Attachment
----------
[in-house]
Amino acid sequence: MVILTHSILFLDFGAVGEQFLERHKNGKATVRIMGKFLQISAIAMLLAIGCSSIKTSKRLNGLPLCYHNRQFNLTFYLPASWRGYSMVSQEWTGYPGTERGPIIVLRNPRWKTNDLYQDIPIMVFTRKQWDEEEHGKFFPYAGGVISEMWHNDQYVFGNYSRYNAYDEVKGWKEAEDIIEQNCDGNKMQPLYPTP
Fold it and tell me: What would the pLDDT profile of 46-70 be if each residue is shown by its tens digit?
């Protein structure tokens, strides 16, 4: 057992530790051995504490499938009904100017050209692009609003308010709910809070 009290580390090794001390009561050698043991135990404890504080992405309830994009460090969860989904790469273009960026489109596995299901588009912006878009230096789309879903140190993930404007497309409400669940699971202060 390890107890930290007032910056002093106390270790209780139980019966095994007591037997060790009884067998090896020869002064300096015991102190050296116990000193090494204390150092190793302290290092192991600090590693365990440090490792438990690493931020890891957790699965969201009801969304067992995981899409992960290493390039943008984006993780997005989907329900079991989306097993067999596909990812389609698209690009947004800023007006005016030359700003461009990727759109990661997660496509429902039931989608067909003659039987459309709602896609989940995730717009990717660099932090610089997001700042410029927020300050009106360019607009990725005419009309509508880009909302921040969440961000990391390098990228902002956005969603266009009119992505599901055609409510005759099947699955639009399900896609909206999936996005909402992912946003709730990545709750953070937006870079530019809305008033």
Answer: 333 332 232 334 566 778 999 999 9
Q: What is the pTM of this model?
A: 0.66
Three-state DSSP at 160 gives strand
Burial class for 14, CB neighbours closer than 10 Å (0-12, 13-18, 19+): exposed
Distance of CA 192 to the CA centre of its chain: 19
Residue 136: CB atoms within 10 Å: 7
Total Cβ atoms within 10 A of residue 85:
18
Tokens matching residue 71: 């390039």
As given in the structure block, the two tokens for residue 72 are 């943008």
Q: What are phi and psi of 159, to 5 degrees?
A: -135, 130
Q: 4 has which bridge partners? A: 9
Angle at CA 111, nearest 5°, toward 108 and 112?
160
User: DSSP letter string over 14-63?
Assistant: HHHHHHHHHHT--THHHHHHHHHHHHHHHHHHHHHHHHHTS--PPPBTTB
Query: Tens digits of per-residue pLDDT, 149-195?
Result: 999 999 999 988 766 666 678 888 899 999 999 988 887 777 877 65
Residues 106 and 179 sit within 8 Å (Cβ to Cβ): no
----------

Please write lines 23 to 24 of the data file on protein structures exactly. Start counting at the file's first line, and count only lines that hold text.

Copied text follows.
Query: Tens digits of per-residue pLDDT, 149-195?
Result: 999 999 999 988 766 666 678 888 899 999 999 988 887 777 877 65